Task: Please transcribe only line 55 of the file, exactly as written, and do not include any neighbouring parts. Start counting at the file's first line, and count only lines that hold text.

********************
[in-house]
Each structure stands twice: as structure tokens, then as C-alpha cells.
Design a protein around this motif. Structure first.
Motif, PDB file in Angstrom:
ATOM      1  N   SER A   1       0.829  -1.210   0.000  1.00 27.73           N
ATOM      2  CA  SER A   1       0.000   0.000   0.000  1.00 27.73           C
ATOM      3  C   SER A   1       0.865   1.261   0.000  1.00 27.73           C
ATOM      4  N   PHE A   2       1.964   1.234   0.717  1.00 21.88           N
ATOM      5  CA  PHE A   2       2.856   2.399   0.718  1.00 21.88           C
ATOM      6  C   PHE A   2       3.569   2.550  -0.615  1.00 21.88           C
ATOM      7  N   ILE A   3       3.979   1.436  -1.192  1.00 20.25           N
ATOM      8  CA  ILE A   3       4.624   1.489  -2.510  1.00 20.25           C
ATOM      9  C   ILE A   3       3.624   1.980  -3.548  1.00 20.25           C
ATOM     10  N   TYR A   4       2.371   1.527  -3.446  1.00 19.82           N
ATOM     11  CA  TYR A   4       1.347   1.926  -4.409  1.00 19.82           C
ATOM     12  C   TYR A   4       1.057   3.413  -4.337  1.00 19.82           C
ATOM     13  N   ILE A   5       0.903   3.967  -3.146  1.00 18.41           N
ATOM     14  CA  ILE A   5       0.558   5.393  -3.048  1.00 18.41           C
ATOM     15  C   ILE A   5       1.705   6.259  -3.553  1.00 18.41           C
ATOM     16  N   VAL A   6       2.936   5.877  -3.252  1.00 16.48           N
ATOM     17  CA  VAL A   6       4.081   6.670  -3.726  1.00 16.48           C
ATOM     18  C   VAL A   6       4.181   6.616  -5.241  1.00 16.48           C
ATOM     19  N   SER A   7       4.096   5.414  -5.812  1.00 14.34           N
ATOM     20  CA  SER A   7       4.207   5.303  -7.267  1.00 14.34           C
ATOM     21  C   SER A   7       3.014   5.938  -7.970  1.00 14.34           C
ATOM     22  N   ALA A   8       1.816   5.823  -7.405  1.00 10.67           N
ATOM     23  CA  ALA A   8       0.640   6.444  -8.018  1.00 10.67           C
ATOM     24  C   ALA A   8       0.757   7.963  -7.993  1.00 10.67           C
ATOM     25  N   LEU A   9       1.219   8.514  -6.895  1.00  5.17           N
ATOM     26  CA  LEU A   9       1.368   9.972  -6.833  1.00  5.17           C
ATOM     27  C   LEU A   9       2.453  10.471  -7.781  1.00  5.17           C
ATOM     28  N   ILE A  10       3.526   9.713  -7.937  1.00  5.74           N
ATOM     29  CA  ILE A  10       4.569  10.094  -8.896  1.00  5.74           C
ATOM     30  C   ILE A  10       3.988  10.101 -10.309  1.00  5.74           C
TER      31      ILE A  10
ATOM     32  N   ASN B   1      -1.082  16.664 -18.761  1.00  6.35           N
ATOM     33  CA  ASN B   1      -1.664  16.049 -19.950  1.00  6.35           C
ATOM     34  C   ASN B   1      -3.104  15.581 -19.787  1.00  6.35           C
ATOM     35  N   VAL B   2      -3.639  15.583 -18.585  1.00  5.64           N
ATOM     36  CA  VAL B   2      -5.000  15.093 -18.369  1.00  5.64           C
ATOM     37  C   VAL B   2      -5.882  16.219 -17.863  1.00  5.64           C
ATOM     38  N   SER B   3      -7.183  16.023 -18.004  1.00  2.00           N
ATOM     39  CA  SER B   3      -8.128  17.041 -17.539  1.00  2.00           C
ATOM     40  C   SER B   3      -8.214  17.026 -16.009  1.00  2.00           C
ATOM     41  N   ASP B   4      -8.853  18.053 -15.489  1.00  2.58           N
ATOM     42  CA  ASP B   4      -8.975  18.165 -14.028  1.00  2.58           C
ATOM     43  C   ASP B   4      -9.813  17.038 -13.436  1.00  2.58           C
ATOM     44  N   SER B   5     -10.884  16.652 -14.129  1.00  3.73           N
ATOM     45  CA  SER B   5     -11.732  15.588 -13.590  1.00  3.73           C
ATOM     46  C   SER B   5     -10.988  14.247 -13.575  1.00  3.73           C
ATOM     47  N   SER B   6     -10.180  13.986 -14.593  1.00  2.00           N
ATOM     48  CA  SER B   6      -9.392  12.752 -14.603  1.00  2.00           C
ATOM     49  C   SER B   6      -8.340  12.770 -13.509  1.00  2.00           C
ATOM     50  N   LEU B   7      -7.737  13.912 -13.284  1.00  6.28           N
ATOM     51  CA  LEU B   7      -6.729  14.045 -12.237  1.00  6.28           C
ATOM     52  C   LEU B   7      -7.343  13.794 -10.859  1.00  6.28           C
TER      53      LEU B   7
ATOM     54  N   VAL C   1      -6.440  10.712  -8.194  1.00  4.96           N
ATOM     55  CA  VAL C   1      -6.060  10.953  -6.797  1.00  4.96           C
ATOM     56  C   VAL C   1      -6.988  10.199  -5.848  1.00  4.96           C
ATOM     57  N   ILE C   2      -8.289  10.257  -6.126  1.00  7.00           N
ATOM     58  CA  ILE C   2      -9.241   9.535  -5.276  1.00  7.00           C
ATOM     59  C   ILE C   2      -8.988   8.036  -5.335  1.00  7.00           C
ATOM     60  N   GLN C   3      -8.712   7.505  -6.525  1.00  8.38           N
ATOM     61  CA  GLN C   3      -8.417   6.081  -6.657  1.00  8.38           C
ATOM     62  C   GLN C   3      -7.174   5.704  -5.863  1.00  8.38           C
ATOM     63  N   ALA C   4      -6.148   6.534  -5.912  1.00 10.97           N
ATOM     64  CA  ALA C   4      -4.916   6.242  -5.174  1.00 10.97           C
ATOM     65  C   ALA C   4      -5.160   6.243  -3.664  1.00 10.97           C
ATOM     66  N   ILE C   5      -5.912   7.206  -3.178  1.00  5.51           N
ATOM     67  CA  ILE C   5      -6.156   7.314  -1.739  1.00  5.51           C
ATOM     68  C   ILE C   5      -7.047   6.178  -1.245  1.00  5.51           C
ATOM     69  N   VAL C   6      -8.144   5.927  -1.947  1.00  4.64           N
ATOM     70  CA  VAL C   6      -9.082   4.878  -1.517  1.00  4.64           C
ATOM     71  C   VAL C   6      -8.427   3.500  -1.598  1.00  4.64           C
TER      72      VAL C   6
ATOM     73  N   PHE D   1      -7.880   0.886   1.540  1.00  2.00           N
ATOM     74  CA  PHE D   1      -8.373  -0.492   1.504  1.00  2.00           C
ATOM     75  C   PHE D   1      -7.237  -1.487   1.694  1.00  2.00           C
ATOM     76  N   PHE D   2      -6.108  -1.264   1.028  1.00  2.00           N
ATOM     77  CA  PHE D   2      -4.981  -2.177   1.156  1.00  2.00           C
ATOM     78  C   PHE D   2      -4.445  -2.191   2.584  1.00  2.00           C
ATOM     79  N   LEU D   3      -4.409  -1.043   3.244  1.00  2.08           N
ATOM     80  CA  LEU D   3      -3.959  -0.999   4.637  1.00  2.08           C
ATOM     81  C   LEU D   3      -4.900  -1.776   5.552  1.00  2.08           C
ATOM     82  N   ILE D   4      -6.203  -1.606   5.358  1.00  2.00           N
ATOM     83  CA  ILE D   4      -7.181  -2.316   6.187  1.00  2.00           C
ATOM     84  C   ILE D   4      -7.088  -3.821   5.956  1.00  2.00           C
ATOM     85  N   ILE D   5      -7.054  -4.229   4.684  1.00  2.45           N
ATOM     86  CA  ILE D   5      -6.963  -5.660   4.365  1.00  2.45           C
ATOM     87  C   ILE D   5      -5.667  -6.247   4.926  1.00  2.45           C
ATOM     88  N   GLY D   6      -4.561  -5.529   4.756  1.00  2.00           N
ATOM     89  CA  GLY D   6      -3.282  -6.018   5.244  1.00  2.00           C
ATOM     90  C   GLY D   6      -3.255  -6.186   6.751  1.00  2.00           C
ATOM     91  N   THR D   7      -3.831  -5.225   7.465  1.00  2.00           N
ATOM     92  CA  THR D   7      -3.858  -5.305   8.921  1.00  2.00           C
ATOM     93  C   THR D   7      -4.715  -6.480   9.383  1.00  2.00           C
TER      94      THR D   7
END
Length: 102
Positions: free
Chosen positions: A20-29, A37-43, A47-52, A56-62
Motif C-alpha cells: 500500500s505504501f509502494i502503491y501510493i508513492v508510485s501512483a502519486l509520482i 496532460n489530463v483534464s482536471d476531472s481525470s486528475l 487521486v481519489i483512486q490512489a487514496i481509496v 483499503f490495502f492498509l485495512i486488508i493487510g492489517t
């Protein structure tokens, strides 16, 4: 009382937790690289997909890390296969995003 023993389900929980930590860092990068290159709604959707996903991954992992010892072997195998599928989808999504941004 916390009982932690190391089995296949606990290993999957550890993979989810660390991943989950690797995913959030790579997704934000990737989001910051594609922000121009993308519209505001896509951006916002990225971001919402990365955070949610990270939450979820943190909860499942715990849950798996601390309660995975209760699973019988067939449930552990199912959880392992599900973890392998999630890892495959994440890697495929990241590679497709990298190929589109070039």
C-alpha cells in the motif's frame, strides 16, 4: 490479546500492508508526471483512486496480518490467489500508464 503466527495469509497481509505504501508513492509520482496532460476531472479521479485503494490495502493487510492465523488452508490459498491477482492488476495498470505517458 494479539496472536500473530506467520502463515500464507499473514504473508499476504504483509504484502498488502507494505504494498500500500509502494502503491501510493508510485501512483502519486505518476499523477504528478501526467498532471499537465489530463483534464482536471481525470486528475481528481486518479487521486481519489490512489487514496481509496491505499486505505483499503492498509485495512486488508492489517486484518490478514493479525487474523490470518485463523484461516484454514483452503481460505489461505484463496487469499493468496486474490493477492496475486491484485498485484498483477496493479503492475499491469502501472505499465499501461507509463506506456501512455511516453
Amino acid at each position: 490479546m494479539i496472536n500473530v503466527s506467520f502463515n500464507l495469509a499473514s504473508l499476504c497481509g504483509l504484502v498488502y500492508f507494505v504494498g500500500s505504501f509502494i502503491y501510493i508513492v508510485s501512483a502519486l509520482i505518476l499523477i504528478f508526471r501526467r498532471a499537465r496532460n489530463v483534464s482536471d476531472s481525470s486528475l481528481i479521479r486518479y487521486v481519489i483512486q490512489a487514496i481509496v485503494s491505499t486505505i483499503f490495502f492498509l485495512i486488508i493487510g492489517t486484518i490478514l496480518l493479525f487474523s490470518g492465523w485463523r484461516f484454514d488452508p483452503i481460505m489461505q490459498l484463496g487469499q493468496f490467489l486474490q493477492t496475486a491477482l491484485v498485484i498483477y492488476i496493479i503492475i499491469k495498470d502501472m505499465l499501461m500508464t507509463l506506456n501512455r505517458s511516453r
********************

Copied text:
ATOM     51  CA  LEU B   7      -6.729  14.045 -12.237  1.00  6.28           C